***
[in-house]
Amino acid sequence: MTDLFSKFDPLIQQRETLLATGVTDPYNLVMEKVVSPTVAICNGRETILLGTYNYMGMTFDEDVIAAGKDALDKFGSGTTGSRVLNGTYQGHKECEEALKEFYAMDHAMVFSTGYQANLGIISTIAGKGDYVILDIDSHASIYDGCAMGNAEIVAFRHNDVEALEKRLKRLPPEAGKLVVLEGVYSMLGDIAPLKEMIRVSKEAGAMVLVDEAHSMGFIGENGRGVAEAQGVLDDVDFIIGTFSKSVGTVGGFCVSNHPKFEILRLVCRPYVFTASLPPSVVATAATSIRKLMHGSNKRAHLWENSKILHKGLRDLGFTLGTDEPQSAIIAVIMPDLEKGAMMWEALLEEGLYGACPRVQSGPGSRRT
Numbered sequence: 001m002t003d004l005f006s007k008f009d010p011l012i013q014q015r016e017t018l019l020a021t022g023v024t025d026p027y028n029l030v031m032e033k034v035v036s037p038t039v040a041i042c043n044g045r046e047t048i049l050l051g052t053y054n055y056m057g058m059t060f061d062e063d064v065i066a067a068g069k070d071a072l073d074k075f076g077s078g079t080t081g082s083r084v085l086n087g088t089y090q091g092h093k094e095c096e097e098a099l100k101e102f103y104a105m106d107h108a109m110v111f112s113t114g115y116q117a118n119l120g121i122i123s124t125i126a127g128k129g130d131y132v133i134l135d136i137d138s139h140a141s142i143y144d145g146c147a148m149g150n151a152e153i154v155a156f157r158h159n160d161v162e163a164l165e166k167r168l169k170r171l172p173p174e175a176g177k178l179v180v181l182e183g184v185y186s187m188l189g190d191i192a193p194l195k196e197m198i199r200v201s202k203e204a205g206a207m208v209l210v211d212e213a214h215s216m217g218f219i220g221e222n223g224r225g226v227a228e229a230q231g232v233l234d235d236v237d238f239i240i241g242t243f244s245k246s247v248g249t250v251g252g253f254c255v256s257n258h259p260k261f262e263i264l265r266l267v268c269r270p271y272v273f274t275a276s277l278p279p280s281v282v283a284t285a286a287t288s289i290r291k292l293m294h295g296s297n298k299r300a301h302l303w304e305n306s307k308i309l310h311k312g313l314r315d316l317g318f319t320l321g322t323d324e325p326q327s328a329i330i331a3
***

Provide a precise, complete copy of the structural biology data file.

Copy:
[in-house]
Amino acid sequence: MTDLFSKFDPLIQQRETLLATGVTDPYNLVMEKVVSPTVAICNGRETILLGTYNYMGMTFDEDVIAAGKDALDKFGSGTTGSRVLNGTYQGHKECEEALKEFYAMDHAMVFSTGYQANLGIISTIAGKGDYVILDIDSHASIYDGCAMGNAEIVAFRHNDVEALEKRLKRLPPEAGKLVVLEGVYSMLGDIAPLKEMIRVSKEAGAMVLVDEAHSMGFIGENGRGVAEAQGVLDDVDFIIGTFSKSVGTVGGFCVSNHPKFEILRLVCRPYVFTASLPPSVVATAATSIRKLMHGSNKRAHLWENSKILHKGLRDLGFTLGTDEPQSAIIAVIMPDLEKGAMMWEALLEEGLYGACPRVQSGPGSRRT
Numbered sequence: 001m002t003d004l005f006s007k008f009d010p011l012i013q014q015r016e017t018l019l020a021t022g023v024t025d026p027y028n029l030v031m032e033k034v035v036s037p038t039v040a041i042c043n044g045r046e047t048i049l050l051g052t053y054n055y056m057g058m059t060f061d062e063d064v065i066a067a068g069k070d071a072l073d074k075f076g077s078g079t080t081g082s083r084v085l086n087g088t089y090q091g092h093k094e095c096e097e098a099l100k101e102f103y104a105m106d107h108a109m110v111f112s113t114g115y116q117a118n119l120g121i122i123s124t125i126a127g128k129g130d131y132v133i134l135d136i137d138s139h140a141s142i143y144d145g146c147a148m149g150n151a152e153i154v155a156f157r158h159n160d161v162e163a164l165e166k167r168l169k170r171l172p173p174e175a176g177k178l179v180v181l182e183g184v185y186s187m188l189g190d191i192a193p194l195k196e197m198i199r200v201s202k203e204a205g206a207m208v209l210v211d212e213a214h215s216m217g218f219i220g221e222n223g224r225g226v227a228e229a230q231g232v233l234d235d236v237d238f239i240i241g242t243f244s245k246s247v248g249t250v251g252g253f254c255v256s257n258h259p260k261f262e263i264l265r266l267v268c269r270p271y272v273f274t275a276s277l278p279p280s281v282v283a284t285a286a287t288s289i290r291k292l293m294h295g296s297n298k299r300a301h302l303w304e305n306s307k308i309l310h311k312g313l314r315d316l317g318f319t320l321g322t323d324e325p326q327s328a329i330i331a3